automation and job loss

Do you ever consider that this is the last era of humanity where human beings will occupy jobs that will soon be taken over by robots and automation? I don’t just mean in manufacturing and construction either. The simple robots that welded and constructed cars in auto plants in the 1980s were just the beginning.

Automation and Job Loss

The imminent advent of artificial intelligence and near sentient computers means that a lot of different kinds of human-occupied employment will soon become obsolete. Do you take for granted how arduous and annoying a visit to the local bank and dealing with a human teller can be? The average bank teller makes about $12 an hour, or between $20,000 and $30,000 annually.

March of the Machines

Well, within the next 25 years, the average human bank teller may be making zero dollars. Over half of all known jobs in the banking and finance industry will be overtaken by A.I. The idea of human beings counting, calculating, and advising you about your finances, investments, and bank savings will be as outdated as a daily visit from the milkman.

According to John Cryan, the former CEO of Deutsche Bank, droves of finance sector jobs will proportionately disappear the more that A.I. and automation are perfected and modified for human-based employment purposes. Moreover, Cryan said such a turnover is inevitable and currently in progress. “In our bank we have people doing work like robots,” said Cryan. “Tomorrow we will have robots behaving like people… It doesn’t matter if we as a bank will participate in these changes or not, it is going to happen,” added Cryan.

It’s Already Happening

Do you have a human financial advisor? (What a way to use phraseology like that in this era of human history, huh?) The average human financial advisor makes about $50,000 to $100,000 a year. Human financial advisors also make about 1% to 2% percentage commission, or more, against the total investment portfolio value of their client.

A robo-advisor is an A.I. enabled computer algorithm that can autonomously oversee and manage bank accounts, investments, pensions accounts, and all other finances like a human advisor. Robo-advisors have been around since the 1980s, primarily as tools for stockbrokers in the stock market. In recent years, the technology has been modified and adapted for widespread consumer use.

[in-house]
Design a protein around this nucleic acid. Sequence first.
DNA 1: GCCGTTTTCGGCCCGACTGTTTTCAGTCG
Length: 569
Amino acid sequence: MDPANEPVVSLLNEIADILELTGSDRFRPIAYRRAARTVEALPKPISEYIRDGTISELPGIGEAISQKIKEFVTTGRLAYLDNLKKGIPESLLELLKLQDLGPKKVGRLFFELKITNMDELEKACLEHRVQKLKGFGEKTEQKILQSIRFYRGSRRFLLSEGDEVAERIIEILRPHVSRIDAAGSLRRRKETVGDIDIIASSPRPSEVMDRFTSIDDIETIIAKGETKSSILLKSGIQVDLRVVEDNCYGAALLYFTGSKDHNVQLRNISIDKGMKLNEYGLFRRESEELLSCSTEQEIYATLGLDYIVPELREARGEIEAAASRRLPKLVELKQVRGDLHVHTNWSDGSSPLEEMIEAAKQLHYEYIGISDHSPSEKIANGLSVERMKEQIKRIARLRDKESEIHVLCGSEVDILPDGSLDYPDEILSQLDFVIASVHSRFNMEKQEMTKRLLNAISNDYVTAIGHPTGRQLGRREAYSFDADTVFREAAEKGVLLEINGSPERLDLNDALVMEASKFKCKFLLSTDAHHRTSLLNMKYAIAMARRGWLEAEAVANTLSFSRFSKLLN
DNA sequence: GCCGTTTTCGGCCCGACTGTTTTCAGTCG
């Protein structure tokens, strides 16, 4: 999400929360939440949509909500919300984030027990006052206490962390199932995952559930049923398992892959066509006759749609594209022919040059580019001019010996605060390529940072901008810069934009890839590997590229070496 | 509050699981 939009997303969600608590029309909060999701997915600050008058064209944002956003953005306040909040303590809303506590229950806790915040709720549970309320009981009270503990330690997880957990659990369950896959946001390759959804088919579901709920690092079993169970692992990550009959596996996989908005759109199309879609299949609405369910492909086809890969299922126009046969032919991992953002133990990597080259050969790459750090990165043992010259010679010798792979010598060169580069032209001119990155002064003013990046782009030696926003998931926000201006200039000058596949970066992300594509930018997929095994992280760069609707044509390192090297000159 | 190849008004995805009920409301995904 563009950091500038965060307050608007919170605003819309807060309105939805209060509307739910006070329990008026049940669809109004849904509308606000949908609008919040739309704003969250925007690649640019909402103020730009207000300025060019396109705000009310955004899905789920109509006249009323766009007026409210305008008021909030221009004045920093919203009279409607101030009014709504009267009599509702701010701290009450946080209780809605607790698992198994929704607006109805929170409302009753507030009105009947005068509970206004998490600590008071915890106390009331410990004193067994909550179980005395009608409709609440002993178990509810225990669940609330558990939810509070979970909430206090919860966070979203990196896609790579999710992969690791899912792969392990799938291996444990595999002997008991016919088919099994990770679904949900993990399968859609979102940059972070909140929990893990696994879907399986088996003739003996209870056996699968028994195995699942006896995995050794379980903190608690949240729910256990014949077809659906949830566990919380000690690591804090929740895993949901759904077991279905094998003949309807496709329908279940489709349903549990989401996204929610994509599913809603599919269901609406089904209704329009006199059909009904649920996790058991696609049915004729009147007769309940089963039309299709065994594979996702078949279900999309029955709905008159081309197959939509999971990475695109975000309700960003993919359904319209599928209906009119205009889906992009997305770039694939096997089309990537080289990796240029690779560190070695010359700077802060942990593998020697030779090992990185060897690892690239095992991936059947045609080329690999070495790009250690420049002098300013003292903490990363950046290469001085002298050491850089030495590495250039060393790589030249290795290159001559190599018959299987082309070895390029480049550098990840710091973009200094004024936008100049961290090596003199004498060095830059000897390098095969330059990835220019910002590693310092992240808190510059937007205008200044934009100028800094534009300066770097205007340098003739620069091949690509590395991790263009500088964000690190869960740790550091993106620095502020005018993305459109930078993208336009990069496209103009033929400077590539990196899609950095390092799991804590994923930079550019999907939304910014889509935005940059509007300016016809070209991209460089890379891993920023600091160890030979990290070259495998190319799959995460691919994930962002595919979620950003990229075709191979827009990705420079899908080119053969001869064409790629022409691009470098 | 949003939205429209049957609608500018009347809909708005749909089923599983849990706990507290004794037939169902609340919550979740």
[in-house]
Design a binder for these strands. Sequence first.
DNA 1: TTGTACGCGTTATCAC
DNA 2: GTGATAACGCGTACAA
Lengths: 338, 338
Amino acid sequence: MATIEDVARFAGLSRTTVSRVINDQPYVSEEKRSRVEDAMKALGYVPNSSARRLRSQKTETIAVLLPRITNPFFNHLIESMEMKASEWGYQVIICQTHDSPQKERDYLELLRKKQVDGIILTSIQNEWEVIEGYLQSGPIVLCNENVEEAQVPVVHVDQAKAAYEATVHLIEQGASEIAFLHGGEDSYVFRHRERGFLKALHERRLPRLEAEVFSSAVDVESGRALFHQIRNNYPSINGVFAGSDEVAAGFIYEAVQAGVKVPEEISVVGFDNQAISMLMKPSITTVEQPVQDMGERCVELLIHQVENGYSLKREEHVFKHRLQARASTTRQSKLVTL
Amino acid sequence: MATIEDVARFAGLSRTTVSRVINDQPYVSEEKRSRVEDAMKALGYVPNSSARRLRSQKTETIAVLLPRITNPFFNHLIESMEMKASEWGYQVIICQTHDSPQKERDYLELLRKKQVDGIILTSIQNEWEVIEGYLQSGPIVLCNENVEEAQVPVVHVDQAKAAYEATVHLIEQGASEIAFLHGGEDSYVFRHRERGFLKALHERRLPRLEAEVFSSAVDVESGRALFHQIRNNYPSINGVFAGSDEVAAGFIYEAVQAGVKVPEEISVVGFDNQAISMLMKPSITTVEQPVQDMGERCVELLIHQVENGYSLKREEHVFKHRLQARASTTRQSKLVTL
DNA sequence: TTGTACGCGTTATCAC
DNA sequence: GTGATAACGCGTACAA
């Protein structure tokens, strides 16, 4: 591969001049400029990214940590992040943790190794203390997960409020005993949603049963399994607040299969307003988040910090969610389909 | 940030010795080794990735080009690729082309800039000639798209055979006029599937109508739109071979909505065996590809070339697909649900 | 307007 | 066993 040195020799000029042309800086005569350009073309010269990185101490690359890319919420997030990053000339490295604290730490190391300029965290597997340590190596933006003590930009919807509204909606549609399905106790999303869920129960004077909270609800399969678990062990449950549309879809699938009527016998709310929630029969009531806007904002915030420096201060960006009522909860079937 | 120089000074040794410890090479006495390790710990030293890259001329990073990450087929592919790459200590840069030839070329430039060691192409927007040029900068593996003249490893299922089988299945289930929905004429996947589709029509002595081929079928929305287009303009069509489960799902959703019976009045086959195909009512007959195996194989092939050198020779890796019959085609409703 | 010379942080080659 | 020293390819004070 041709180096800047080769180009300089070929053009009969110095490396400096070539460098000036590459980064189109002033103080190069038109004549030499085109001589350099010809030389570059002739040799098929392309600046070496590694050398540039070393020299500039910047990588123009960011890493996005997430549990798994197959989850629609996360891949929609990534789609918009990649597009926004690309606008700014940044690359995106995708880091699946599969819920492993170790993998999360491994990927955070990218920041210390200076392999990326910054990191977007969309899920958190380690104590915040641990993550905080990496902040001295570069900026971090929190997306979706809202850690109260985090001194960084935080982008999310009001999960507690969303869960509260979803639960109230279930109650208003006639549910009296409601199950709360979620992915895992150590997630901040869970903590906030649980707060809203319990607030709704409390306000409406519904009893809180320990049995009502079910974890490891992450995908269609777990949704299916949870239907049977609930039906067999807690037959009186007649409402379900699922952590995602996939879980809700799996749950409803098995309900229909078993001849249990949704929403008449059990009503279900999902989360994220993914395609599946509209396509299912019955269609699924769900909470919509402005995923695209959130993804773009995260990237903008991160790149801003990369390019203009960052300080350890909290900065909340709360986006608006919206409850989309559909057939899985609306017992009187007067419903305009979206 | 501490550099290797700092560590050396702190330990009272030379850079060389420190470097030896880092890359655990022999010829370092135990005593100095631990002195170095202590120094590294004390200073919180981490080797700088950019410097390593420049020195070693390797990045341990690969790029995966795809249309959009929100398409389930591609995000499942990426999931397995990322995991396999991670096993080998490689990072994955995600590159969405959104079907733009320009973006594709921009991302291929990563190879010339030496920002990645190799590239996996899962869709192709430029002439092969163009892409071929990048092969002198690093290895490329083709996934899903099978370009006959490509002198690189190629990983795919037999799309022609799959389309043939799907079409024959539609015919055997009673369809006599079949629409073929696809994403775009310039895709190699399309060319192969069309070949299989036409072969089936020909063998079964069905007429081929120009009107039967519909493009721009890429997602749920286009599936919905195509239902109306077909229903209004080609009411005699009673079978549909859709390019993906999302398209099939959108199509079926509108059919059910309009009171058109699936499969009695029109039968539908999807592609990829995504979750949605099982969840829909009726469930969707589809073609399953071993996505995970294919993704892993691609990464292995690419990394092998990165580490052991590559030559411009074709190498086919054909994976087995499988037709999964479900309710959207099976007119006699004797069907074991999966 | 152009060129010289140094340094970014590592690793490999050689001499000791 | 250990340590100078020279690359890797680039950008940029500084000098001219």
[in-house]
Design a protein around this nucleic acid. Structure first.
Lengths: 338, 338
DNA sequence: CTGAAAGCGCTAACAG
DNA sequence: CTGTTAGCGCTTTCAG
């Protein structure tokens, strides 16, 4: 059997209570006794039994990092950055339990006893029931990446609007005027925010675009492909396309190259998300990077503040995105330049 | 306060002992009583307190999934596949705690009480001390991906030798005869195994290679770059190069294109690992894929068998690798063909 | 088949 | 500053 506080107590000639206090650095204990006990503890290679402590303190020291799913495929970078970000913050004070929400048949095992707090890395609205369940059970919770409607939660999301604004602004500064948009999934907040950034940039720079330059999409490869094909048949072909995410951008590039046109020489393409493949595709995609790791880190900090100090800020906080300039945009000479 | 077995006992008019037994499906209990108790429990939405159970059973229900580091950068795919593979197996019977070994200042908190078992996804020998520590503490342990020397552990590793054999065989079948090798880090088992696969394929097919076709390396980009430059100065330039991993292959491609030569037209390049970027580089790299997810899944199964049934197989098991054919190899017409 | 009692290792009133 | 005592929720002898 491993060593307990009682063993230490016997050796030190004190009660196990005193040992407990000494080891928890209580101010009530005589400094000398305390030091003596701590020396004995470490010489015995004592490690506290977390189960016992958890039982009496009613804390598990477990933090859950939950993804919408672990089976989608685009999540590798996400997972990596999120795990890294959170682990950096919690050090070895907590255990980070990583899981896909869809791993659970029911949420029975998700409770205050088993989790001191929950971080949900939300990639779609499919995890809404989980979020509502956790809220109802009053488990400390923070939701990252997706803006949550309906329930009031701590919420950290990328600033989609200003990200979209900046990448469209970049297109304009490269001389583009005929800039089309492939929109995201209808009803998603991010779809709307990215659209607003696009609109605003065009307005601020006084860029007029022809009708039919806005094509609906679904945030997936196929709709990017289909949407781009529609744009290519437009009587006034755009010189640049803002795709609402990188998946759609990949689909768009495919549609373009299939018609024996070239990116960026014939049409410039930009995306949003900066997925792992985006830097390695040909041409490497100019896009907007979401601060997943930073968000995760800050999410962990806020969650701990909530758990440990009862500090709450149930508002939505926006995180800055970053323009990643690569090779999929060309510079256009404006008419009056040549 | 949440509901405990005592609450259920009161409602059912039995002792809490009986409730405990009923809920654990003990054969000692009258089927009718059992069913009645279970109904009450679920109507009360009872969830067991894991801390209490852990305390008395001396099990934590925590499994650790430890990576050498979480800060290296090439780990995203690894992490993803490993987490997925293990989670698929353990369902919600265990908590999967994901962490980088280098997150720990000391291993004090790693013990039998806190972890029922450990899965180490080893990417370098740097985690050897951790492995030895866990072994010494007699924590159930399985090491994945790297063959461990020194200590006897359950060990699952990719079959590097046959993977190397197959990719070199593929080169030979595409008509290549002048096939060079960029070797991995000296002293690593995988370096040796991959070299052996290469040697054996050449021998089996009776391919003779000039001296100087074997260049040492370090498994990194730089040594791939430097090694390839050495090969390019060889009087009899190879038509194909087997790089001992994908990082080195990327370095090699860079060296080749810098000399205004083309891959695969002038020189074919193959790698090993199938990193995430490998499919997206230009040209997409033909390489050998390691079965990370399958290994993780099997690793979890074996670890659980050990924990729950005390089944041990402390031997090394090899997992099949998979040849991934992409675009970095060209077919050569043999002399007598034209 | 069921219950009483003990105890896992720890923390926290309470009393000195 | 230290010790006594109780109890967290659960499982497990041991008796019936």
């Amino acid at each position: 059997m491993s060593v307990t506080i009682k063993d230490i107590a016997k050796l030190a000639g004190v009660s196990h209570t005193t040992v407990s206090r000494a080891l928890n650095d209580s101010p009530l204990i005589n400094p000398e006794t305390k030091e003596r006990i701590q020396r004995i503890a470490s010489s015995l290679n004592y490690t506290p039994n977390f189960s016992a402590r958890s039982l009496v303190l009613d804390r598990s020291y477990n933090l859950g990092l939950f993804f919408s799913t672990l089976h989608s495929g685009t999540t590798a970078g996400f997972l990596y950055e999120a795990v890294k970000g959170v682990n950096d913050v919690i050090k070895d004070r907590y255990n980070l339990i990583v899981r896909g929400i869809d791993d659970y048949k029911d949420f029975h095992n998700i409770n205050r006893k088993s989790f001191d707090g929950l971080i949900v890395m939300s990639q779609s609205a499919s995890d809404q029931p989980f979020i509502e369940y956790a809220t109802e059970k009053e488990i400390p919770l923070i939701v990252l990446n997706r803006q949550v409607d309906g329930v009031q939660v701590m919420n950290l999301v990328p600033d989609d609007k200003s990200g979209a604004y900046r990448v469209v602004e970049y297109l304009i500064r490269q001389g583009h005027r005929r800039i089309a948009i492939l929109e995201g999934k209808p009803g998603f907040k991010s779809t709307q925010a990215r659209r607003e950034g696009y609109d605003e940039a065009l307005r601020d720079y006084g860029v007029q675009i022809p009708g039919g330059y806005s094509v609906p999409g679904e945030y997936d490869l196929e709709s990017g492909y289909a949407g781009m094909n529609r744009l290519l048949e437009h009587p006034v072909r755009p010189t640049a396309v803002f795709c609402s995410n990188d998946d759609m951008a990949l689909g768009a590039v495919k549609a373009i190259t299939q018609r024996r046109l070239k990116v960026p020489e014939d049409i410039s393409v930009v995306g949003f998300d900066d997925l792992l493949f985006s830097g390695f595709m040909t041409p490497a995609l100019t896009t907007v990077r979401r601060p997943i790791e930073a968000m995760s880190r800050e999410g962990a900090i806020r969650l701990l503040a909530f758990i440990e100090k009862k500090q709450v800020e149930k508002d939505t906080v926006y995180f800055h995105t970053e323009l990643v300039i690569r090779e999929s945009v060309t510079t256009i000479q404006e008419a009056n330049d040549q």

Companies like Betterment, Wealthfront, Personal Capital, and SigFig are gaining popularity for offering robo-advisor services. Robo-advisors are available 24/7, manage their autonomous actions based on client preferences, and take 0.25% to 0.50% in commissions. Also, they allow you to manage your money on your own terms without the guidance of a human advisor, some of whom may be giving advice based on sponsor desires or to increase their own commissions. Whether you agree or not with this technological takeover is a moot point. It is already occurring and has been for some time already.

Time Keeps On Slipping Into the Future

A.I. and automated finance workers can work 24/7. They won’t take sick days. They won’t make accounting mistakes. Also, they will help the finance industry more accurately calculate their profit margins better than depending on human employees. Again, whether you feel this is right or wrong is irrelevant. Many industries are moving to automation to replace humans, not just the finance sector.

However, there will be time to ponder this transition as almost half of all finance industry work will be replaced with A.I. and robots. It costs about $50 million for every A.I. replacement algorithm to replicate the actions of a human. The technology is not there yet and is not practical to implement on a wide scale just yet. But in 20 to 30 years, it will be.

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